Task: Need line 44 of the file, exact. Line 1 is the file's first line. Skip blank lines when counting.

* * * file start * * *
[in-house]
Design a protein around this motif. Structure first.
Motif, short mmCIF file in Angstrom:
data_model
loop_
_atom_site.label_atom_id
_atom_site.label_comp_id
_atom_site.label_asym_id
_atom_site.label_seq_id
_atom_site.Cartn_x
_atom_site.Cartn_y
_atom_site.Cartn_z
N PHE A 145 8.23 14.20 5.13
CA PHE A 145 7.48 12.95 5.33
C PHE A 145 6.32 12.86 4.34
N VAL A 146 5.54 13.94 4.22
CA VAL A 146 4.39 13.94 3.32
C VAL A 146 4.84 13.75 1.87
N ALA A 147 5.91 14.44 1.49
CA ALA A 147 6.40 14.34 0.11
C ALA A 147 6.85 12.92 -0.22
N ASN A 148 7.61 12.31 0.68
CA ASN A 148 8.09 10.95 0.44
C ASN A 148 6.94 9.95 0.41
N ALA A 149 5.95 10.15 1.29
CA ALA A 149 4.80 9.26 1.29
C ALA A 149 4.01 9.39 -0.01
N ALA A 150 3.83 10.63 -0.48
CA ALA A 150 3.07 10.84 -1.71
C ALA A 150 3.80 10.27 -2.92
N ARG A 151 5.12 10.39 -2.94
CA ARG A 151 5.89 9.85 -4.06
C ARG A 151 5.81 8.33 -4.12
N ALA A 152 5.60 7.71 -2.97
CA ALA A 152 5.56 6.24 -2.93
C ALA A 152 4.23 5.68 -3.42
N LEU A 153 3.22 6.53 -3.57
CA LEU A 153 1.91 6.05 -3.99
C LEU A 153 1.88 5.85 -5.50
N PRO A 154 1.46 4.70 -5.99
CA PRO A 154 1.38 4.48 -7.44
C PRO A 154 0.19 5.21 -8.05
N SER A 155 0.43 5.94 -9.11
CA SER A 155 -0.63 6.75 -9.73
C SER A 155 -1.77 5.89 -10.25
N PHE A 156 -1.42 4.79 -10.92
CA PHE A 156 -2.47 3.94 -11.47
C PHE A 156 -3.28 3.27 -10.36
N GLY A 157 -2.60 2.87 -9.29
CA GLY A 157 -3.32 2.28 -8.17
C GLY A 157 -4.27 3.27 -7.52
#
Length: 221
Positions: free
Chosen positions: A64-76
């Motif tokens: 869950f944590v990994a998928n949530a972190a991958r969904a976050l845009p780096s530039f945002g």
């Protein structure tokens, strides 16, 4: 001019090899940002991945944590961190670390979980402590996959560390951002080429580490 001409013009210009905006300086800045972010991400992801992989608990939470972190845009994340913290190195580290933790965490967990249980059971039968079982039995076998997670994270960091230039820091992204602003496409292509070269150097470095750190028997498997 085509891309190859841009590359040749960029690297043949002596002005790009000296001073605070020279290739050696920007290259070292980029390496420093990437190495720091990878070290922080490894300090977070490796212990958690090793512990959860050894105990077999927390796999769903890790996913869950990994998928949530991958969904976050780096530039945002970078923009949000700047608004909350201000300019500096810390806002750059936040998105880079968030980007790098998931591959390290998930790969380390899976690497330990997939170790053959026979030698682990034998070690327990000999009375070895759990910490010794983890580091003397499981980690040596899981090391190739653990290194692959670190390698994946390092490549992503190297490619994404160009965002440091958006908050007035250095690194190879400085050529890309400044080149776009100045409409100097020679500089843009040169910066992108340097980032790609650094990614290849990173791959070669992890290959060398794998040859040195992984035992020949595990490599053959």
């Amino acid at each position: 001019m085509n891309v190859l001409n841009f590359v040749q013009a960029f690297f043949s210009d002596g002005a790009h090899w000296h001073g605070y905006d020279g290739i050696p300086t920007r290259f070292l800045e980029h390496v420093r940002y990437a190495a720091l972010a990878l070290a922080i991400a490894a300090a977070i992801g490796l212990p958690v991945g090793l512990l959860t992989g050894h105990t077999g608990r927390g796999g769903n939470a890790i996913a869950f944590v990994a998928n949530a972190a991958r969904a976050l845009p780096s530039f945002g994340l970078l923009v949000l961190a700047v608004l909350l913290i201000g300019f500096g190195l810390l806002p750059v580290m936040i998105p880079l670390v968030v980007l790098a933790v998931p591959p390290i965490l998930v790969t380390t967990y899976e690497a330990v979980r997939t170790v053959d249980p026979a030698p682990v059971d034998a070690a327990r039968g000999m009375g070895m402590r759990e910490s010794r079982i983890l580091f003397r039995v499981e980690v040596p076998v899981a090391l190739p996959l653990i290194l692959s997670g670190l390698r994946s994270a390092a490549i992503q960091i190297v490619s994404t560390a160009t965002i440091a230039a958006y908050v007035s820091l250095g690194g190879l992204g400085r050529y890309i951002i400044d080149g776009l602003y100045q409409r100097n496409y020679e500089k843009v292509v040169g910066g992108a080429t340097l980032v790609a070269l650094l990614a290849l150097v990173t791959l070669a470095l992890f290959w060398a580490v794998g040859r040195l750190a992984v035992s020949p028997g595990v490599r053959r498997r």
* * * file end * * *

CA SER A 155 -0.63 6.75 -9.73